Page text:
We watched our daughter go from a loving, giving, thoughtful person who prided herself on her accomplishments in life to someone we didn’t recognize anymore.  She stopped taking care in her appearance, became preachy, holier than thou, appeared sullen, negative, took up weed smoking, lost all of her substantial savings, moved into a tiny, over priced, broken down apartment, racking up debt on her credit card, putting on weight, sleeping every other night on a mattress on the floor or a spring bare couch, dropping all of her friends and becoming a recluse who watched downloaded television programs or documentaries that The Jerk had spent his entire day working on instead of focusing on working.  This once vital, beautiful and ambitious young woman had now become a version of the lazy, un-driven, un-ambitious, debt riddled, pothead she was living with who had no friends of his own and had literally been thrown out by his own parents on several occasions, no longer welcome in their home because he “caused too much trouble for the family and wouldn’t change.”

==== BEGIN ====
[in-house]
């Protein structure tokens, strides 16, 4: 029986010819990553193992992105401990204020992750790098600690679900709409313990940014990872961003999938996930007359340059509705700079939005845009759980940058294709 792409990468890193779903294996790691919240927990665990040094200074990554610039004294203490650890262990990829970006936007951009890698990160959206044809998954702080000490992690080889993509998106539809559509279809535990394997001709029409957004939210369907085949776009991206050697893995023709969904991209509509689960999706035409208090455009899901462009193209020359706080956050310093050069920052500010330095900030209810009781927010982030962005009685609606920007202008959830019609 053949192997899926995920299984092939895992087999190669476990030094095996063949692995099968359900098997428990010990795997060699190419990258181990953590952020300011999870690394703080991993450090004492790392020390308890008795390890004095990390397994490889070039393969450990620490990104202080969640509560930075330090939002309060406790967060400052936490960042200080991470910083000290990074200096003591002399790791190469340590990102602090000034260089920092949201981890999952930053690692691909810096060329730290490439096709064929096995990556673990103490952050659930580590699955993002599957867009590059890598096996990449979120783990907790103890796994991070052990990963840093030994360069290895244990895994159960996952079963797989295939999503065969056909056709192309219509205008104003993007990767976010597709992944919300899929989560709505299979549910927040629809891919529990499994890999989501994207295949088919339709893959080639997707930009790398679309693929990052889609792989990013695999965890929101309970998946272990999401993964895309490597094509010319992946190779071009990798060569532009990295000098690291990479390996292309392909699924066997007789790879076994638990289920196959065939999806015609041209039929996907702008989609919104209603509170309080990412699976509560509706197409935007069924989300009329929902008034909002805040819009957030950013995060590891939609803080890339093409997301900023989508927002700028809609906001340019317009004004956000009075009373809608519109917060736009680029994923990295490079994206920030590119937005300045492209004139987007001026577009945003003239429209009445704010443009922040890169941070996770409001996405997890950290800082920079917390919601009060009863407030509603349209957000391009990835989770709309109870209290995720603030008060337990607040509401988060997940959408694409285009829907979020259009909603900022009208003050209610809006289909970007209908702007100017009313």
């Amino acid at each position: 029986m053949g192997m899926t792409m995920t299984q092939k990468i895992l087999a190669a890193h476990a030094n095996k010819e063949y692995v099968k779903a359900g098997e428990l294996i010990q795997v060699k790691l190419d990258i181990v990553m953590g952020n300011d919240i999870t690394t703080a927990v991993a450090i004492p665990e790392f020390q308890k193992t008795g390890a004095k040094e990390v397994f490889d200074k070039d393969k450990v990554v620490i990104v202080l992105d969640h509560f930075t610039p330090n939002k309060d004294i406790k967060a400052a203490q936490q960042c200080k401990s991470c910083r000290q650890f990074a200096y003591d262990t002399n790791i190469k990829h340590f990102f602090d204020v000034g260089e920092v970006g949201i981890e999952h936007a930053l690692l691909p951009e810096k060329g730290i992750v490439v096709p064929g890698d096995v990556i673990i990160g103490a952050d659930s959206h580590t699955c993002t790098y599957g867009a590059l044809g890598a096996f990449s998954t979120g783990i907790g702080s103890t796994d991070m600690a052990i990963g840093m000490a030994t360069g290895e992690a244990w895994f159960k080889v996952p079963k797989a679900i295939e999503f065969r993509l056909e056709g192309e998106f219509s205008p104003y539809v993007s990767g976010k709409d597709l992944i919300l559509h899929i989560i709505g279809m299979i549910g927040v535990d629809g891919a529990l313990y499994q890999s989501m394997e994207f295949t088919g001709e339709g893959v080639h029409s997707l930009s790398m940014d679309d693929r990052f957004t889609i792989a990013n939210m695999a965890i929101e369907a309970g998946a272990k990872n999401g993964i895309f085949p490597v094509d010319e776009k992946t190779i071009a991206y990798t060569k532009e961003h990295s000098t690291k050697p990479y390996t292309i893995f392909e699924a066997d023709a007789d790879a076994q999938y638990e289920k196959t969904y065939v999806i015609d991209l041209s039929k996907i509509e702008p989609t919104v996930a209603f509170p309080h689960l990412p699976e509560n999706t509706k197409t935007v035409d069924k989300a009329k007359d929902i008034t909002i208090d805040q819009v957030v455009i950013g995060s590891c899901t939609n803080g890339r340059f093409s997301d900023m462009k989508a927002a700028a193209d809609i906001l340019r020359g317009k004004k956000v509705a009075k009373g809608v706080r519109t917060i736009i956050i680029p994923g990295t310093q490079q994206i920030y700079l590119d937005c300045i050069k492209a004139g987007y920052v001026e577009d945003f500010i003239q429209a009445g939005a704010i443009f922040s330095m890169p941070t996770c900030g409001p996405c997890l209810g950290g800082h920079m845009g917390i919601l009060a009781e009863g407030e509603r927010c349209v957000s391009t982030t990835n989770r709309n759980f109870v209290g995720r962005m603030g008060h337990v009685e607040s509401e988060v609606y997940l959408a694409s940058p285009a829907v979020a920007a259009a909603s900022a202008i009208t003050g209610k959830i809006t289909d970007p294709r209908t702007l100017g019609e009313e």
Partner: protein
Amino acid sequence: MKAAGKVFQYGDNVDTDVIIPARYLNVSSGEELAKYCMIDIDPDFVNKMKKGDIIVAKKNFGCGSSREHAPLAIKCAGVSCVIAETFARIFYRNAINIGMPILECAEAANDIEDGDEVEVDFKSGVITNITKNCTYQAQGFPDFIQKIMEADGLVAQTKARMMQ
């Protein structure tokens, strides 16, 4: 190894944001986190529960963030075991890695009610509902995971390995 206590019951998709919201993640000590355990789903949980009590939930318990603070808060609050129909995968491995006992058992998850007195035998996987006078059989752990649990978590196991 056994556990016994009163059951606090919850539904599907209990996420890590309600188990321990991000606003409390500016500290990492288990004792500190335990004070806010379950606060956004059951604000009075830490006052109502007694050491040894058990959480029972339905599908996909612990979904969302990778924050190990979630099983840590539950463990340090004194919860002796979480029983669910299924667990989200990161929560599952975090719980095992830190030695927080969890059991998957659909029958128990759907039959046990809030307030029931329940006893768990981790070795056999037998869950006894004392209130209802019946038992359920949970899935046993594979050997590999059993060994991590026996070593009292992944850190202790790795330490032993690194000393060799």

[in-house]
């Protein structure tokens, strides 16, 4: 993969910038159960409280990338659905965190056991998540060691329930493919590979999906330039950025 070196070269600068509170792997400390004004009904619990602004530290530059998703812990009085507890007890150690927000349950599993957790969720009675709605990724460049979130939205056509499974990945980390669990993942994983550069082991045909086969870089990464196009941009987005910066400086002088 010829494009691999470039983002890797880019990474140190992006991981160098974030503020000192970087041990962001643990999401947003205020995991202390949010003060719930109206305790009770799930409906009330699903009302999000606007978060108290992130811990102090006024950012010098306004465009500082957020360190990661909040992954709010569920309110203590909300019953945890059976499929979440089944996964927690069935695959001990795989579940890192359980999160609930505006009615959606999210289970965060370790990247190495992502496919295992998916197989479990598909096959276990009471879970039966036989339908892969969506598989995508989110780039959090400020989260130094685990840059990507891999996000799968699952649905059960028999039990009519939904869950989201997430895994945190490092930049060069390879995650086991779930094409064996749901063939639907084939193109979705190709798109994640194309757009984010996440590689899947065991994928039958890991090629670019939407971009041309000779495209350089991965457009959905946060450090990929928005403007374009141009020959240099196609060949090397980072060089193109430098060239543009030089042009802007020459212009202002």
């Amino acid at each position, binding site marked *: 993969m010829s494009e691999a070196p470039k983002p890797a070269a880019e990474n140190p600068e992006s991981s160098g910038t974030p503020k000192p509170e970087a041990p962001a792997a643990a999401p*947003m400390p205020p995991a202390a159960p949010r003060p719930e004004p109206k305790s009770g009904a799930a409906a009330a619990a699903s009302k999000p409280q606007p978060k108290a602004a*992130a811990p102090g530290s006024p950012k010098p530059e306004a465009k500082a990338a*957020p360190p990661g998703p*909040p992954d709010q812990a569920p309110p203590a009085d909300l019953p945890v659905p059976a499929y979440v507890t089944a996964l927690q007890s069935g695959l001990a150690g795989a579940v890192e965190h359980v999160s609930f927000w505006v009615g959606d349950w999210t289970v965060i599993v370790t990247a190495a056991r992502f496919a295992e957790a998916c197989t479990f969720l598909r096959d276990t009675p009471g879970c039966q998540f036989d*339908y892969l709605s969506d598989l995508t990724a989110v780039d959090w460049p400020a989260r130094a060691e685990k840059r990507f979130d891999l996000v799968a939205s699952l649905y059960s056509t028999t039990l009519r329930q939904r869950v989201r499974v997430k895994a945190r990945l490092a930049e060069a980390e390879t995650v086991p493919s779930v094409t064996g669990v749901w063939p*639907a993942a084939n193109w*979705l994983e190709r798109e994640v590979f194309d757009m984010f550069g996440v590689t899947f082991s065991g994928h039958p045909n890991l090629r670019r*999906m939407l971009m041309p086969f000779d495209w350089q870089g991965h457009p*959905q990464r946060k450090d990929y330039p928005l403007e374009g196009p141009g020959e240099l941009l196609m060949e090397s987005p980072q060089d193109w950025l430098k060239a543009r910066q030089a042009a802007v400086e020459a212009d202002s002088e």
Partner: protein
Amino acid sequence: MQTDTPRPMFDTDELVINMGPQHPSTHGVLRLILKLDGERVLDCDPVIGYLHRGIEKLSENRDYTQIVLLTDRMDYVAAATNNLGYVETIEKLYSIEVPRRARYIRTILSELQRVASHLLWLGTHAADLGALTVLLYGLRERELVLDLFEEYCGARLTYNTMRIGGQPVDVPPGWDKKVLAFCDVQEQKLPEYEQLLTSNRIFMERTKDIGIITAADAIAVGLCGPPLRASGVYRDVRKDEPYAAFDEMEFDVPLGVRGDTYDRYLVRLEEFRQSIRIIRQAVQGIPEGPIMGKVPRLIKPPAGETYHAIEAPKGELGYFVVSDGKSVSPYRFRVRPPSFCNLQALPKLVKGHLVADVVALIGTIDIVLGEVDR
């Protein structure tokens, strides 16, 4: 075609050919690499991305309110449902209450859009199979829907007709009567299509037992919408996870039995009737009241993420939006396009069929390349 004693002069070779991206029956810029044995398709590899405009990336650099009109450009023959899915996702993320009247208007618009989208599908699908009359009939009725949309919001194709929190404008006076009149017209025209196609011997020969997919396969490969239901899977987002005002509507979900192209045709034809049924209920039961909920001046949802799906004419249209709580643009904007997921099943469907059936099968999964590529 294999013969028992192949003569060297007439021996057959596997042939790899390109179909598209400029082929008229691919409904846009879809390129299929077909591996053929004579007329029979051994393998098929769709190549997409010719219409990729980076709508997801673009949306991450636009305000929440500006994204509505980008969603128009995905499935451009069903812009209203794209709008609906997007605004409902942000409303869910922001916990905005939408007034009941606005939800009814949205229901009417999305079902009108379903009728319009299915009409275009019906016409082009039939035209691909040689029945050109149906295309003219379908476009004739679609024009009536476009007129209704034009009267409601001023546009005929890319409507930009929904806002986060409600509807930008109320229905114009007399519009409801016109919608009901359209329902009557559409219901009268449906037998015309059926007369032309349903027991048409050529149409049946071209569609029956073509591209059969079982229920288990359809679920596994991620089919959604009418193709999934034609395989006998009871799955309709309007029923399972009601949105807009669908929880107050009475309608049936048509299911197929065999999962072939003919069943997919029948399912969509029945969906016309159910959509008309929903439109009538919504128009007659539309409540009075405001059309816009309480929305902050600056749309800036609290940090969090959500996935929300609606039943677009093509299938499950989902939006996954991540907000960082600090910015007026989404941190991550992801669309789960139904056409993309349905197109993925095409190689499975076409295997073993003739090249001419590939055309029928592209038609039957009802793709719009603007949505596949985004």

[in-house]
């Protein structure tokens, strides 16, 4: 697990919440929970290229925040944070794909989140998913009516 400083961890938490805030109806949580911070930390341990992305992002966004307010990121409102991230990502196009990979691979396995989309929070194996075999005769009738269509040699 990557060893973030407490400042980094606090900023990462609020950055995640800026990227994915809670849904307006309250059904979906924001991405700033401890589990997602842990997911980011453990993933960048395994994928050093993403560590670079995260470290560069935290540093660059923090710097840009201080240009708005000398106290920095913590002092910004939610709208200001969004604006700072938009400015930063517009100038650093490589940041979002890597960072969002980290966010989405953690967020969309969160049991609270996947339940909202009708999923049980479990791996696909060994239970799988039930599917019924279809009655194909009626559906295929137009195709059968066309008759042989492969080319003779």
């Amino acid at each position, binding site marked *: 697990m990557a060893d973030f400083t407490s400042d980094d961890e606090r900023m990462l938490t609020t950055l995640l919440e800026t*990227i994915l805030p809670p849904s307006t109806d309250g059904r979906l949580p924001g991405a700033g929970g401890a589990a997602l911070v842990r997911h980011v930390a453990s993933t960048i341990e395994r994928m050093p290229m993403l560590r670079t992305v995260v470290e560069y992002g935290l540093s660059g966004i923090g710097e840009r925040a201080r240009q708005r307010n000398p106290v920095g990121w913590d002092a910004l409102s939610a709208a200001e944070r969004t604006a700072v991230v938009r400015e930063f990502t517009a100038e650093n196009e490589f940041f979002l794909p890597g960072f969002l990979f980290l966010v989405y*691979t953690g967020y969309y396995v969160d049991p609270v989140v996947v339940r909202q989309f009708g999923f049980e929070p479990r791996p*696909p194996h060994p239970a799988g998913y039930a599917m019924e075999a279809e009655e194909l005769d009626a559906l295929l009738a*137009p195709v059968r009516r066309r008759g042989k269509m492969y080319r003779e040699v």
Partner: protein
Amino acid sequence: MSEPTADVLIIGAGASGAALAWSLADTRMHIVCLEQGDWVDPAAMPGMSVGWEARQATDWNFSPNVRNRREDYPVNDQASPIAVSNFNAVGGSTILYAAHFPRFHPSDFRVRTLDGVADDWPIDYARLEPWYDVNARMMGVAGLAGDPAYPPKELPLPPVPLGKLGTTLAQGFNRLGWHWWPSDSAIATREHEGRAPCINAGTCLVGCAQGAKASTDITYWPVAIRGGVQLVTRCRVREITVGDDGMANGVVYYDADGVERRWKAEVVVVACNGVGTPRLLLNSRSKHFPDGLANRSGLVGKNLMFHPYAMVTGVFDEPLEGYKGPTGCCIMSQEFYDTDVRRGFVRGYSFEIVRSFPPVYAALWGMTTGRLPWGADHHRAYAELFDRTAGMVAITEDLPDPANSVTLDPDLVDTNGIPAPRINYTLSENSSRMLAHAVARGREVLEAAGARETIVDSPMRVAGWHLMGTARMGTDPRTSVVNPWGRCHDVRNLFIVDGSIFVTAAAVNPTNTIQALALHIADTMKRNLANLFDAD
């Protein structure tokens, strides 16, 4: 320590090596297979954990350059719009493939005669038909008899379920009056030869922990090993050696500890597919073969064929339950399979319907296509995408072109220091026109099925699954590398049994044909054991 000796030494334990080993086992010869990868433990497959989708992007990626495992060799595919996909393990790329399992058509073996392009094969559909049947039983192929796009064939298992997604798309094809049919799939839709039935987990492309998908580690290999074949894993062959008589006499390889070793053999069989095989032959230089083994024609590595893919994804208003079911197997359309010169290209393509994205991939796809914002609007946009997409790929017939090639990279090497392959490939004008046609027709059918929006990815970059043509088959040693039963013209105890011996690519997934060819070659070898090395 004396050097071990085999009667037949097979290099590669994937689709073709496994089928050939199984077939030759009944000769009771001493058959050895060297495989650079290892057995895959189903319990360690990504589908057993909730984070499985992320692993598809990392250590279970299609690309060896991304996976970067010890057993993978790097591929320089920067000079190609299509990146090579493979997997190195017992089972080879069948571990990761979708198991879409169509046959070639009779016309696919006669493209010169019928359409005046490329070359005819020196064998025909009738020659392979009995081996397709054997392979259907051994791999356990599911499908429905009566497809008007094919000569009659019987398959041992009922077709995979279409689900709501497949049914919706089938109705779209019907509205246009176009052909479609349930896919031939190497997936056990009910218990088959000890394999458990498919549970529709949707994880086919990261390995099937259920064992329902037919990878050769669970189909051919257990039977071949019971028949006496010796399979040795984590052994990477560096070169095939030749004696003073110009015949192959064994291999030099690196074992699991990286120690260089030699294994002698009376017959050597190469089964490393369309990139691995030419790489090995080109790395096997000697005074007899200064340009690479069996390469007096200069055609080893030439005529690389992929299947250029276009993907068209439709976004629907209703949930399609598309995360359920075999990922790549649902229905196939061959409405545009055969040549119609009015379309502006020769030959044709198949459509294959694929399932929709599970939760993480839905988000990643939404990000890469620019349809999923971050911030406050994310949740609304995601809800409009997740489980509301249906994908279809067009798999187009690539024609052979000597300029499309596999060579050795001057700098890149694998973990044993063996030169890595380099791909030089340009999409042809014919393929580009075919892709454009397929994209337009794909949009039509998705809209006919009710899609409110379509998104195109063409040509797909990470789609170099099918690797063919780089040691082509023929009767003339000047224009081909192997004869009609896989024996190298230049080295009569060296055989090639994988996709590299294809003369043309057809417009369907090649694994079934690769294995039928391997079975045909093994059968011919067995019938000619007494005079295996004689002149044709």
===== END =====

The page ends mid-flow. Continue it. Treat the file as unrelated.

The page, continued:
We spent close to a year without her wanting to speak to us.

“We’re enmeshed,” she screamed out one night after having tried to throw a bowl of salad from our dinner table across the room while visiting us for dinner then, picking up a chair to hit me with while I stopped her and having stopped her again in mid-swing as she attempted to strike me for the first time ever in her life and ushering her to our front door where I  told her that violence would not be tolerated by us in any way. At that very moment, I realize that this person was most definitely not the daughter I had loved and raised.  There was not even a physical resemblance of her remaining visible in any way or sense of the word and, that was the most frightening part of all of this.  We had not only lost her physically but, we had lost our daughter as a person.